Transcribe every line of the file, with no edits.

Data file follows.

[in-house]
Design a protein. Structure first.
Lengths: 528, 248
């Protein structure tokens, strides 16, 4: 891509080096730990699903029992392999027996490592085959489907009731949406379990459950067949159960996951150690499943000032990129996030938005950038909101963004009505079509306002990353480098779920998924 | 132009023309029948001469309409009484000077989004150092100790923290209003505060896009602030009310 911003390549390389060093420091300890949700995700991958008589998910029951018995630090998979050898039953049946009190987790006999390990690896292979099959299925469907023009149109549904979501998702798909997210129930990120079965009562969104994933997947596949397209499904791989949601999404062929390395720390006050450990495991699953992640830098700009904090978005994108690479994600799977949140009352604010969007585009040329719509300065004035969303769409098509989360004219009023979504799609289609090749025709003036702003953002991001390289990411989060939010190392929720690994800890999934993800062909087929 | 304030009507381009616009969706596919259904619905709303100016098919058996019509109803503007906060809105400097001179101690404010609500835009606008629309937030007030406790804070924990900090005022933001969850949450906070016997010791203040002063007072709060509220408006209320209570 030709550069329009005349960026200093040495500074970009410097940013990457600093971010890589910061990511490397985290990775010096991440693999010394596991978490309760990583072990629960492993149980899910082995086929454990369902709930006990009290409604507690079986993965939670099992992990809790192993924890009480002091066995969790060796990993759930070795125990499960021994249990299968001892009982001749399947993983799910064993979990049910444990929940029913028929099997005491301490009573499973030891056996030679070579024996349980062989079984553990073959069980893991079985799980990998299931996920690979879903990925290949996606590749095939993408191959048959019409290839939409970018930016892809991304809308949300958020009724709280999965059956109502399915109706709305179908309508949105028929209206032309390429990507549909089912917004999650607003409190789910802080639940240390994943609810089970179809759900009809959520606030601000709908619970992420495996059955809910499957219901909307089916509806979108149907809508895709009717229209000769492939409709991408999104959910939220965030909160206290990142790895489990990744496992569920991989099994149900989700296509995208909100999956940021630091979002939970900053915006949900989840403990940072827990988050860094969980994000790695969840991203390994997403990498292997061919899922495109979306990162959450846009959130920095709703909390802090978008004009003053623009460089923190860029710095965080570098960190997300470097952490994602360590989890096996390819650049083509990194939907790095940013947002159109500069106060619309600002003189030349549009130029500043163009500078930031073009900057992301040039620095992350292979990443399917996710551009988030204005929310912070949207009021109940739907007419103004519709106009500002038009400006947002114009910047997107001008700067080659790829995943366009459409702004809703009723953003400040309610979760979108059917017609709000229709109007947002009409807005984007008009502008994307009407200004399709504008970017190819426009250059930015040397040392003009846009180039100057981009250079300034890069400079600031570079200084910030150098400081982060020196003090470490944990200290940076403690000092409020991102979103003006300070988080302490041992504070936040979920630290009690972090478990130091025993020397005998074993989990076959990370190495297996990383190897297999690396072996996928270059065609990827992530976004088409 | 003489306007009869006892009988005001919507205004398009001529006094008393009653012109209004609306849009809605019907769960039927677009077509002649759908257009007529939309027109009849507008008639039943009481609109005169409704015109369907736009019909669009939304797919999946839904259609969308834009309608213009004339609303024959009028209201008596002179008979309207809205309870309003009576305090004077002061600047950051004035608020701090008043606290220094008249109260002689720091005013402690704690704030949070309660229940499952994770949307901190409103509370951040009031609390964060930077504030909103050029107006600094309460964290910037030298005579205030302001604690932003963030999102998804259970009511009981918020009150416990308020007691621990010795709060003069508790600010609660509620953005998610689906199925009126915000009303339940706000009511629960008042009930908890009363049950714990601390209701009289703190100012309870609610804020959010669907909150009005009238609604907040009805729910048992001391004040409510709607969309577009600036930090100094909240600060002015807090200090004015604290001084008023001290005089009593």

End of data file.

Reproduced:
[in-house]
Design a protein. Structure first.
Lengths: 528, 248
């Protein structure tokens, strides 16, 4: 891509080096730990699903029992392999027996490592085959489907009731949406379990459950067949159960996951150690499943000032990129996030938005950038909101963004009505079509306002990353480098779920998924 | 132009023309029948001469309409009484000077989004150092100790923290209003505060896009602030009310 911003390549390389060093420091300890949700995700991958008589998910029951018995630090998979050898039953049946009190987790006999390990690896292979099959299925469907023009149109549904979501998702798909997210129930990120079965009562969104994933997947596949397209499904791989949601999404062929390395720390006050450990495991699953992640830098700009904090978005994108690479994600799977949140009352604010969007585009040329719509300065004035969303769409098509989360004219009023979504799609289609090749025709003036702003953002991001390289990411989060939010190392929720690994800890999934993800062909087929 | 304030009507381009616009969706596919259904619905709303100016098919058996019509109803503007906060809105400097001179101690404010609500835009606008629309937030007030406790804070924990900090005022933001969850949450906070016997010791203040002063007072709060509220408006209320209570 030709550069329009005349960026200093040495500074970009410097940013990457600093971010890589910061990511490397985290990775010096991440693999010394596991978490309760990583072990629960492993149980899910082995086929454990369902709930006990009290409604507690079986993965939670099992992990809790192993924890009480002091066995969790060796990993759930070795125990499960021994249990299968001892009982001749399947993983799910064993979990049910444990929940029913028929099997005491301490009573499973030891056996030679070579024996349980062989079984553990073959069980893991079985799980990998299931996920690979879903990925290949996606590749095939993408191959048959019409290839939409970018930016892809991304809308949300958020009724709280999965059956109502399915109706709305179908309508949105028929209206032309390429990507549909089912917004999650607003409190789910802080639940240390994943609810089970179809759900009809959520606030601000709908619970992420495996059955809910499957219901909307089916509806979108149907809508895709009717229209000769492939409709991408999104959910939220965030909160206290990142790895489990990744496992569920991989099994149900989700296509995208909100999956940021630091979002939970900053915006949900989840403990940072827990988050860094969980994000790695969840991203390994997403990498292997061919899922495109979306990162959450846009959130920095709703909390802090978008004009003053623009460089923190860029710095965080570098960190997300470097952490994602360590989890096996390819650049083509990194939907790095940013947002159109500069106060619309600002003189030349549009130029500043163009500078930031073009900057992301040039620095992350292979990443399917996710551009988030204005929310912070949207009021109940739907007419103004519709106009500002038009400006947002114009910047997107001008700067080659790829995943366009459409702004809703009723953003400040309610979760979108059917017609709000229709109007947002009409807005984007008009502008994307009407200004399709504008970017190819426009250059930015040397040392003009846009180039100057981009250079300034890069400079600031570079200084910030150098400081982060020196003090470490944990200290940076403690000092409020991102979103003006300070988080302490041992504070936040979920630290009690972090478990130091025993020397005998074993989990076959990370190495297996990383190897297999690396072996996928270059065609990827992530976004088409 | 003489306007009869006892009988005001919507205004398009001529006094008393009653012109209004609306849009809605019907769960039927677009077509002649759908257009007529939309027109009849507008008639039943009481609109005169409704015109369907736009019909669009939304797919999946839904259609969308834009309608213009004339609303024959009028209201008596002179008979309207809205309870309003009576305090004077002061600047950051004035608020701090008043606290220094008249109260002689720091005013402690704690704030949070309660229940499952994770949307901190409103509370951040009031609390964060930077504030909103050029107006600094309460964290910037030298005579205030302001604690932003963030999102998804259970009511009981918020009150416990308020007691621990010795709060003069508790600010609660509620953005998610689906199925009126915000009303339940706000009511629960008042009930908890009363049950714990601390209701009289703190100012309870609610804020959010669907909150009005009238609604907040009805729910048992001391004040409510709607969309577009600036930090100094909240600060002015807090200090004015604290001084008023001290005089009593």